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- a (1) : an address (as a petition) to God or a god in word or thought <said a prayer for the success of the voyage> (2) : a set order of words used in praying
b : an earnest request or wish
The dictionary definitions above do little to capture the range and experience of prayer, especially in naturalistic contexts.
Prayer may be characterized as a spiritual practice which employs modes of activity normally reserved for communication, and which expresses relationship with some transcendent other. In a naturalistic context, examples of transcendent others may include nature, society, or the psyche.
The relationship may be couched in a metaphor, such as a deity representing some aspect of nature. Such an anthropomorphic metaphor enables expression in a form that comes most natural to us as a species with a highly developed social intelligence.
Prayers may take diverse forms. Some are more verbal in nature. Classical Greek and Roman prayer always involved words, usually accompanied by a material offering of some kind (see Sallustius). Other traditions have less verbal forms of prayer, though communication still seems involved. For example, some Native Americans utilize dance as a form of prayer. Sufis whirl. Quakers keep silent in “expectant waiting… in order to create an opportunity to experience the presence of the Holy Spirit” (see here). All three of these cases seem to express some form of devotion to or attendance upon the other.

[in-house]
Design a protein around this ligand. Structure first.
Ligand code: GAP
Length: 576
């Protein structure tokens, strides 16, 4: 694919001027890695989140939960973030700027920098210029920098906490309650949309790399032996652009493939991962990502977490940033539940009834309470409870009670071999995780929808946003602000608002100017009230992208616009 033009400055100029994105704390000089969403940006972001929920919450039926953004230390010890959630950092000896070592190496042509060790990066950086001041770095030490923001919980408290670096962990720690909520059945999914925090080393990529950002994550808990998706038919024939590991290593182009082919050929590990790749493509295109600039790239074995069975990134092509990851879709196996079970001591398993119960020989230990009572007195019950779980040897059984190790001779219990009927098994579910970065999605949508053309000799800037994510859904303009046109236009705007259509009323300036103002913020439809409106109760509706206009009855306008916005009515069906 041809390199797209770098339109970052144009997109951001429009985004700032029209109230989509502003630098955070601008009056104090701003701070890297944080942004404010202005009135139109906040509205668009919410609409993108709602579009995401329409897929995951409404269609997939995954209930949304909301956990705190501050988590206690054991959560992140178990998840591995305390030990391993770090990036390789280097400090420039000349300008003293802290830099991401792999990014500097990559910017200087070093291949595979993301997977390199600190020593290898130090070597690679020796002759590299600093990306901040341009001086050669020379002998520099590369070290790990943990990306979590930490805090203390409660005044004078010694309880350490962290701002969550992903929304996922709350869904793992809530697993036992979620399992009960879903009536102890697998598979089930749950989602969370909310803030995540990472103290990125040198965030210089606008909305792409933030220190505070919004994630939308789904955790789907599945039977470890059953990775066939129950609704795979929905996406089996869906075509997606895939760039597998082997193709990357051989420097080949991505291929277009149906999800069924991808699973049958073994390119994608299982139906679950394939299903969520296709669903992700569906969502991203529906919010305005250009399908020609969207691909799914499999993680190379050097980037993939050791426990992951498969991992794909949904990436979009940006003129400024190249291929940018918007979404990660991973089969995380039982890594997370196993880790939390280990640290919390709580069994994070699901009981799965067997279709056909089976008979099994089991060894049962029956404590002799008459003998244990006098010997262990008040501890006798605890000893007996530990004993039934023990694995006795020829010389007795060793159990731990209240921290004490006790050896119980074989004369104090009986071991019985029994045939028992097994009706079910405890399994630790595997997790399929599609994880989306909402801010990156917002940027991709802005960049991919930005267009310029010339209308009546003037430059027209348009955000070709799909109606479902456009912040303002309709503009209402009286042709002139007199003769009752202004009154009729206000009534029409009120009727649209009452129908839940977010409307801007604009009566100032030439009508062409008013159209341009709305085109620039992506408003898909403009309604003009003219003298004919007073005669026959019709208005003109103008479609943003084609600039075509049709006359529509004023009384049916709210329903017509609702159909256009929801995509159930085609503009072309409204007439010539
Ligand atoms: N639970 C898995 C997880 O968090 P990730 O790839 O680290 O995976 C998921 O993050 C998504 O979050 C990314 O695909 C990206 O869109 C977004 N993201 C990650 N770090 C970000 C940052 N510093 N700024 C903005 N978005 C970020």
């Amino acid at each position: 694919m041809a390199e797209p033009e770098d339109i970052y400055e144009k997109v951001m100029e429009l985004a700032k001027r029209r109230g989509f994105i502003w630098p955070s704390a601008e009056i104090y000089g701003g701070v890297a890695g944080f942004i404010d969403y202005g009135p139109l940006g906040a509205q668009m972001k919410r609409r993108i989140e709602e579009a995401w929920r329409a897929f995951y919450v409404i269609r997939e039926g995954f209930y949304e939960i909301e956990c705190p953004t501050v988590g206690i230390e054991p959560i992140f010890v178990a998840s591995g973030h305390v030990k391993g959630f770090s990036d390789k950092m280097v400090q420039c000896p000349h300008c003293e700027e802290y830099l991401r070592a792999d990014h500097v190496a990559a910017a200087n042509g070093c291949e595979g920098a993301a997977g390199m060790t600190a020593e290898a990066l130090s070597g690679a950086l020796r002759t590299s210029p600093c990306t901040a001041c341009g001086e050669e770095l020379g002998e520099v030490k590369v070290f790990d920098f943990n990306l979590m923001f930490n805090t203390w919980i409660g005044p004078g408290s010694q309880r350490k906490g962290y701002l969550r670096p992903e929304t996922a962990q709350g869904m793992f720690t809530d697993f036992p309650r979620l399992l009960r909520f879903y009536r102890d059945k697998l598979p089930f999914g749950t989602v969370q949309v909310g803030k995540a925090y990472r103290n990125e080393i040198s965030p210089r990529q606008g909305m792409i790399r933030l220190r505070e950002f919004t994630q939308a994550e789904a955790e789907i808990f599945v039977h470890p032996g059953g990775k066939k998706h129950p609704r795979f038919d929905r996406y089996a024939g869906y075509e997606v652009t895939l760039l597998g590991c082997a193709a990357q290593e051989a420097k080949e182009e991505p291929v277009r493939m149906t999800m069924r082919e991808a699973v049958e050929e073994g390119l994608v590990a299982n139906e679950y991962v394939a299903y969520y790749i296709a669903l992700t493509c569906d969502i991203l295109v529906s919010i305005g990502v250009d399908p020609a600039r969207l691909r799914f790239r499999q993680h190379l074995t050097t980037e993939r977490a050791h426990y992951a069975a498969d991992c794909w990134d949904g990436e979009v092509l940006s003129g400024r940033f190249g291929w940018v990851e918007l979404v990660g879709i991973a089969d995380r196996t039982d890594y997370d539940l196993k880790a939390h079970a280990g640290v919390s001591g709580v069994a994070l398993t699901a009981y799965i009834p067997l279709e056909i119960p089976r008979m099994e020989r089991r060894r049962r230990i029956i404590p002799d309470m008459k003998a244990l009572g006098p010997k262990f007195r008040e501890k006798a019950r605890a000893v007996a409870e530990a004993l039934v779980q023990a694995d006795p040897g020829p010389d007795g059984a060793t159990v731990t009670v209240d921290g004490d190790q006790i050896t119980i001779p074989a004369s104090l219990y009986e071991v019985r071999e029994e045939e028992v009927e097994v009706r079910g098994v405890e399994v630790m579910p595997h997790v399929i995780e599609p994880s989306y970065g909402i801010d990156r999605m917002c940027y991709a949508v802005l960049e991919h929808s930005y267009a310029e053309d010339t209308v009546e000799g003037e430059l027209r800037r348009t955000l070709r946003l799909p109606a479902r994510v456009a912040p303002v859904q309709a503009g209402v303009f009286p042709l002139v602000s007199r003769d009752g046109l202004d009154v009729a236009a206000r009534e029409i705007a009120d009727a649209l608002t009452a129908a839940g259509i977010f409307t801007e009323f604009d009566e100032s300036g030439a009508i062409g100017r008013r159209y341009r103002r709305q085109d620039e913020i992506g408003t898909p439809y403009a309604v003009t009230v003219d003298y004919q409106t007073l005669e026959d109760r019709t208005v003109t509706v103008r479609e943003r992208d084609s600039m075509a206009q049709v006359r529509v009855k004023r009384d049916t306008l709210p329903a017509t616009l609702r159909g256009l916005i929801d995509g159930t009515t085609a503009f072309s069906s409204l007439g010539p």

Petitionary prayer, where some blessing or favor is requested of the other, may be limited for naturalists. For example, it seems reasonable to request courage from a deity conceived as part of one’s own unconscious psyche, but not courage for another person. In other words, asking for something the other could, in principle, grant does not seem objectionable a priori in a naturalistic context.
Prayer seems to exploit innate biological processes to effect. Since prayer utilizes modes of communication (even when actual two-way communication is not presupposed), it likely activates the human brain’s sociality module (see “Modularity of Mind”). Various bodily gestures, such as kneeling, bowing, averting eyes, and so on, may activate other intuitive mental processes. These may help to explain why praying to an “other”, even if that “other” is believed to be inanimate and insensible, often seems to constellate a qualitatively different subjective experience than talking about the “other” in the third-person. Martin Buber’s distinction between the I-Thou and I-It may touch on the same idea.
Meta-studies on intercessory prayer studies have found no effect or very little effect, with the latter usually accounted for by questionable methodologies. Activation of the placebo effect seems at least implied, and this is not insignificant. In that case, clearly the patient would have to either know they are being prayed for or be themselves the person praying. The common Pagan practice of asking for prayers by Internet might be supported, but it would suggest that the effective means would be promising the patient to pray for them, and not the actual act of praying.
See also “Modularity of mind.”
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